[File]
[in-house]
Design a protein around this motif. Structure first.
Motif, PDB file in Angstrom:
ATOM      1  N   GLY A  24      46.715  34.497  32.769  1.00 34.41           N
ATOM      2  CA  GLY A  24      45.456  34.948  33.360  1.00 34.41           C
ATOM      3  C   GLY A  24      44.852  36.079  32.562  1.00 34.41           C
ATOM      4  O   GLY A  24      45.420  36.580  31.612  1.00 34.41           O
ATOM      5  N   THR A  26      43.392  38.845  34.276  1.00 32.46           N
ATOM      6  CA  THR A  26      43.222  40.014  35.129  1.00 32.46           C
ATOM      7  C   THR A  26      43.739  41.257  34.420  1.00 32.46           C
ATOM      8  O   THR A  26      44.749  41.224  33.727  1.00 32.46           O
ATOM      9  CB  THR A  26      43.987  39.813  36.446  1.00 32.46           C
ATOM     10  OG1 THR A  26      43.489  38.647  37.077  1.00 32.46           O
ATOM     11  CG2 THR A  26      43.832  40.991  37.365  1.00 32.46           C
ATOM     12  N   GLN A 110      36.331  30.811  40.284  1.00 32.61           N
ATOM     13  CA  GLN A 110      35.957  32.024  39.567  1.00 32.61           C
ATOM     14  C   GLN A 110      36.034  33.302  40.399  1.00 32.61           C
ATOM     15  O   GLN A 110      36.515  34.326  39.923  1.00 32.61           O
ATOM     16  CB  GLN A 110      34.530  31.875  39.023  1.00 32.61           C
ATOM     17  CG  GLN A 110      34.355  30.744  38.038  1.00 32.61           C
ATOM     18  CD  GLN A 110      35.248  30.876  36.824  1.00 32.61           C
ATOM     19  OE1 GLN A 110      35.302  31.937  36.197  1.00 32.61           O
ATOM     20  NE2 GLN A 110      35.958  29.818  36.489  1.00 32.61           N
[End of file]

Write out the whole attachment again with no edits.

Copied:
[in-house]
Design a protein around this motif. Structure first.
Motif, PDB file in Angstrom:
ATOM      1  N   GLY A  24      46.715  34.497  32.769  1.00 34.41           N
ATOM      2  CA  GLY A  24      45.456  34.948  33.360  1.00 34.41           C
ATOM      3  C   GLY A  24      44.852  36.079  32.562  1.00 34.41           C
ATOM      4  O   GLY A  24      45.420  36.580  31.612  1.00 34.41           O
ATOM      5  N   THR A  26      43.392  38.845  34.276  1.00 32.46           N
ATOM      6  CA  THR A  26      43.222  40.014  35.129  1.00 32.46           C
ATOM      7  C   THR A  26      43.739  41.257  34.420  1.00 32.46           C
ATOM      8  O   THR A  26      44.749  41.224  33.727  1.00 32.46           O
ATOM      9  CB  THR A  26      43.987  39.813  36.446  1.00 32.46           C
ATOM     10  OG1 THR A  26      43.489  38.647  37.077  1.00 32.46           O
ATOM     11  CG2 THR A  26      43.832  40.991  37.365  1.00 32.46           C
ATOM     12  N   GLN A 110      36.331  30.811  40.284  1.00 32.61           N
ATOM     13  CA  GLN A 110      35.957  32.024  39.567  1.00 32.61           C
ATOM     14  C   GLN A 110      36.034  33.302  40.399  1.00 32.61           C
ATOM     15  O   GLN A 110      36.515  34.326  39.923  1.00 32.61           O
ATOM     16  CB  GLN A 110      34.530  31.875  39.023  1.00 32.61           C
ATOM     17  CG  GLN A 110      34.355  30.744  38.038  1.00 32.61           C
ATOM     18  CD  GLN A 110      35.248  30.876  36.824  1.00 32.61           C
ATOM     19  OE1 GLN A 110      35.302  31.937  36.197  1.00 32.61           O
ATOM     20  NE2 GLN A 110      35.958  29.818  36.489  1.00 32.61           N